Essay by Lisa Jones
Mountain Life – November 2000 – Colorado Central Magazine
BELIEVE ME, THERE’S NOTHING SEXIER. In contrast to their urban brethren, biologists are sinewy, tanned, and wise. They are often bearded. They know their knots. They have all the right books. They think environmental change begins at home. They are right.
A few years ago, I fell in love with a biologist who lived in a completely recycled hexagonal house on a mesa in western Colorado. Even the NAILS were recycled. He and his friend had built the place entirely by hand. I loved walking to the nearby stream to take a bath — the only bath available. I actually spent one afternoon scrubbing our rough wood floor with rags dipped in melted snow. (I loved that part less than the others.) But I really loved running around after rabbits with a bow and arrow. Of course we never shot any, but the thrill of the chase took me right back to childhood.
I loved it all at first. And then I loved it less. Over time, I had to confront my true self: I was not nearly the environmentalist my beloved was. Sure, I’m non consumptive enough that I can write about reducing, reusing and recycling with a certain amount of authority. I ride a bike to do my errands, my voting record is impeccably green, and I have camped out for months at a time. But the worm is in my heart: I’m an American, an impure soul who has driven 25 miles through prime hiking territory to get to a health club to climb a Stairmaster. And I like to drink coffee, and, on weekends, perhaps some Budweiser.
“I am a child of the universe,” I would say to my increasingly speechless boyfriend. “I have a right to be here.” Then I would get in my car and gun it through the forest, cattily steering toward the Stairmaster; toward a friend’s house, (and her sink, her bath, and her soap); or toward the post office, where perhaps the Pottery Barn catalog would be waiting. Let’s say I got just a little reactive. It didn’t take long: The relationship ended with as much gusto as it had begun.
I picked myself up and moved to Massachusetts, where any live-off-the-land types were devoured by insects long ago, or had repaired to clapboard houses to read their Thoreau in peace. I met a nice man there. We went for a walk in the dappled maple forest. We came upon a tiny wooden structure. It was perhaps the size of a three-person tent. True to form, it was hexagonal. It was his HOUSE. My blood ran cold. I turned to him and said slowly, so he was sure to hear, “If we ever end up dating, let me tell you right now I am never, ever going to set foot in your house.” We did, and I didn’t.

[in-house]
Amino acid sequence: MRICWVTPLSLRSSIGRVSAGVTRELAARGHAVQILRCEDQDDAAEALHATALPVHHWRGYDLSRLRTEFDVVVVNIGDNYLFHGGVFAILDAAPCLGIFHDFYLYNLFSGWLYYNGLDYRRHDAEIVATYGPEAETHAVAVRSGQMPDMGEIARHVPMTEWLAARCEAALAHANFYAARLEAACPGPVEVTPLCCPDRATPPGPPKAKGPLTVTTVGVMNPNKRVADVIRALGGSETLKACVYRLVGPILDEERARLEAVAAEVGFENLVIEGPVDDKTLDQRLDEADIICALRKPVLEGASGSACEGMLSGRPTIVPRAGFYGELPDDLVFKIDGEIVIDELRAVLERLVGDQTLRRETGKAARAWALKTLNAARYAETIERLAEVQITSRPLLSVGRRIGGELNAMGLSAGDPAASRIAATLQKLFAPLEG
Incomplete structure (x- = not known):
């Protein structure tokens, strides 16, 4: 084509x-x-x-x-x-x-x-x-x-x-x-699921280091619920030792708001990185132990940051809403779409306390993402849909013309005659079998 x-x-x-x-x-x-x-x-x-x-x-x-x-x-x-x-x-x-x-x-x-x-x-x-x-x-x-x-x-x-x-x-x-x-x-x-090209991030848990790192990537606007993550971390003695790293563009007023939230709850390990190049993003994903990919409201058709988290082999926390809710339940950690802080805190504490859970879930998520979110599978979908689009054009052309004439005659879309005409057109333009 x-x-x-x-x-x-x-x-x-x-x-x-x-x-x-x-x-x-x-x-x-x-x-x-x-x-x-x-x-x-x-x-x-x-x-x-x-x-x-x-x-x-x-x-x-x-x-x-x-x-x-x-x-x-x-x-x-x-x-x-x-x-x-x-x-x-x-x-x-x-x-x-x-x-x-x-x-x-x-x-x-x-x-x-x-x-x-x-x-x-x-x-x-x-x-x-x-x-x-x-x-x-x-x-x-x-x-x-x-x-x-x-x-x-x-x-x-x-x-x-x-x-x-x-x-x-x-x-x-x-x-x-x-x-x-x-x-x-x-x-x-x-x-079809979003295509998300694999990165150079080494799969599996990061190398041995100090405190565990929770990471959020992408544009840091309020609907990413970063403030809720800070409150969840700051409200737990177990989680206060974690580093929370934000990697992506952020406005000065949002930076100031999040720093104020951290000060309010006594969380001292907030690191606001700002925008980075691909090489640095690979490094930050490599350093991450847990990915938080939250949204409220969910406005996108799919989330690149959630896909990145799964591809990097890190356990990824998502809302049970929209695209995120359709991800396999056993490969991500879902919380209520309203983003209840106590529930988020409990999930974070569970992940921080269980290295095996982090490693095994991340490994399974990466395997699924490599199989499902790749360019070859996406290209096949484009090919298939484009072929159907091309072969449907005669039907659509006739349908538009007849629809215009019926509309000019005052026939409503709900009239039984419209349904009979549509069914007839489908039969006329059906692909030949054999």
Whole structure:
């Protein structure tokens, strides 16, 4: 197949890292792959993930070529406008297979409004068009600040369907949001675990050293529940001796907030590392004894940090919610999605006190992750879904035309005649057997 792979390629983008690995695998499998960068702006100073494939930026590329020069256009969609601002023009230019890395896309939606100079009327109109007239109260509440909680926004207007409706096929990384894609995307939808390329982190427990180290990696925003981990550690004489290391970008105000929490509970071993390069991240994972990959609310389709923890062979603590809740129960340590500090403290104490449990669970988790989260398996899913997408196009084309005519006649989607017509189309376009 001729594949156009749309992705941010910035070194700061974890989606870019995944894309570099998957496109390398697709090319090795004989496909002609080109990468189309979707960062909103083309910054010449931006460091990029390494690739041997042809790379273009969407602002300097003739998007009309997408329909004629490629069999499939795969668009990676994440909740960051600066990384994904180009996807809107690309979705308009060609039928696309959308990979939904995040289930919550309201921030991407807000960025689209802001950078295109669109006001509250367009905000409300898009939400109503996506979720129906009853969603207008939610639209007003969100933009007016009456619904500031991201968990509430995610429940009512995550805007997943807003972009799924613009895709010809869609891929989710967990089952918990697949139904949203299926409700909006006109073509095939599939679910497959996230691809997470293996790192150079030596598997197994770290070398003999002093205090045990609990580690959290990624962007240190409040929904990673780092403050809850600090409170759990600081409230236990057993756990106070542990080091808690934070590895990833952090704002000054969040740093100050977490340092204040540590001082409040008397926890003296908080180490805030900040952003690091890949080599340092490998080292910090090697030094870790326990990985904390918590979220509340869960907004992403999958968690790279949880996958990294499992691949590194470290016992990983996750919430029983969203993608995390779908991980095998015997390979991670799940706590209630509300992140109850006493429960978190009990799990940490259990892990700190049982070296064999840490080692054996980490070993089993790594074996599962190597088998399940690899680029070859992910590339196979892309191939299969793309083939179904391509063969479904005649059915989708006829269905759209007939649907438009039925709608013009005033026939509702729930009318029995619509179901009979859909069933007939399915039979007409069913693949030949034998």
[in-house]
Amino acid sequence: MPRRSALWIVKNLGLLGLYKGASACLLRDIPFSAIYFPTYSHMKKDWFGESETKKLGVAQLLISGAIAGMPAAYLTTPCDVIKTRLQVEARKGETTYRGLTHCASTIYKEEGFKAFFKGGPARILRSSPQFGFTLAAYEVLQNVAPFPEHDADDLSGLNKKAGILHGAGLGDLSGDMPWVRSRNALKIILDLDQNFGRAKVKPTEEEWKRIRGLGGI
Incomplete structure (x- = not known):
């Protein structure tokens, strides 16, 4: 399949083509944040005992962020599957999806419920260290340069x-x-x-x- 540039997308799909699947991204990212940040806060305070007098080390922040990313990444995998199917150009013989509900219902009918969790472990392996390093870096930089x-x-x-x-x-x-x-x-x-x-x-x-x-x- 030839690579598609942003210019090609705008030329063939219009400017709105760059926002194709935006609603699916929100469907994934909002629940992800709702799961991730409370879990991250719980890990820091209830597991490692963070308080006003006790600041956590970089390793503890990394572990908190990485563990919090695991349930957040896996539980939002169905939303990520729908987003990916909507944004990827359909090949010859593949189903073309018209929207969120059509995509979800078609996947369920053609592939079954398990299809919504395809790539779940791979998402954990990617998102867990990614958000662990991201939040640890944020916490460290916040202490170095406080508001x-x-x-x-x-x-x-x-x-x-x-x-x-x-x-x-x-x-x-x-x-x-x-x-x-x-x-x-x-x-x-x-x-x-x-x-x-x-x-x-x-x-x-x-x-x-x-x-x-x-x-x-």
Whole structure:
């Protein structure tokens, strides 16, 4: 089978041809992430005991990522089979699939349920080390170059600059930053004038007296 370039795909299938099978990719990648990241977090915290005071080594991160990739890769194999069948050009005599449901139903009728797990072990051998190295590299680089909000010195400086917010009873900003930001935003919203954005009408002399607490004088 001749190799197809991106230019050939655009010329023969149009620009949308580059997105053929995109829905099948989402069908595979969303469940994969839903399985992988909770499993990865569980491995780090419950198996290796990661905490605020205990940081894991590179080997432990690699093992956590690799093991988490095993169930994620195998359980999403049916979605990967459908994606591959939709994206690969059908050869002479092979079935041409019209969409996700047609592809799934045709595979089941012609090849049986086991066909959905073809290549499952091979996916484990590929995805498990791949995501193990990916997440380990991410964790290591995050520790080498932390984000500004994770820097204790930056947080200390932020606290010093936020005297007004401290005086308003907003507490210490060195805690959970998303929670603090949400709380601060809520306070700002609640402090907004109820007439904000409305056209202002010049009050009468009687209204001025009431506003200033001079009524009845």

A year ago, I started dating another biologist. Somewhere in the first flush of romance, we stood high in the Rockies watching a particularly gorgeous lilac, pink and tangerine sunset play off the surrounding peaks. Birds tootled melodiously. My sweetie put his arms around me, nuzzled me on the neck and identified the divine song as that of the hermit thrush. Then he said, “Let’s drive back to town and rent Naked Gun.”
My knees nearly buckled with lust. I had met the biologist of my dreams. Sure, he lives in New England, where he teaches classes on global warming when he isn’t flying out to see me. But heck. Life is paradoxical and love is more so. We plan to offset the environmental consequences of our long-distance relationship by moving in together, and he hopes to eventually own a hybrid-electric car.
But for now, this guy lives in an efficiency apartment. He has a two-burner hot plate and a dorm-sized fridge, and drives a Toyota held together by duct tape. It may not sound like much, but for me it is progress.
Lisa Jones is a contributor to Writers on the Range, a service of High Country News (www.hcn.org). She lives periodically in western Colorado.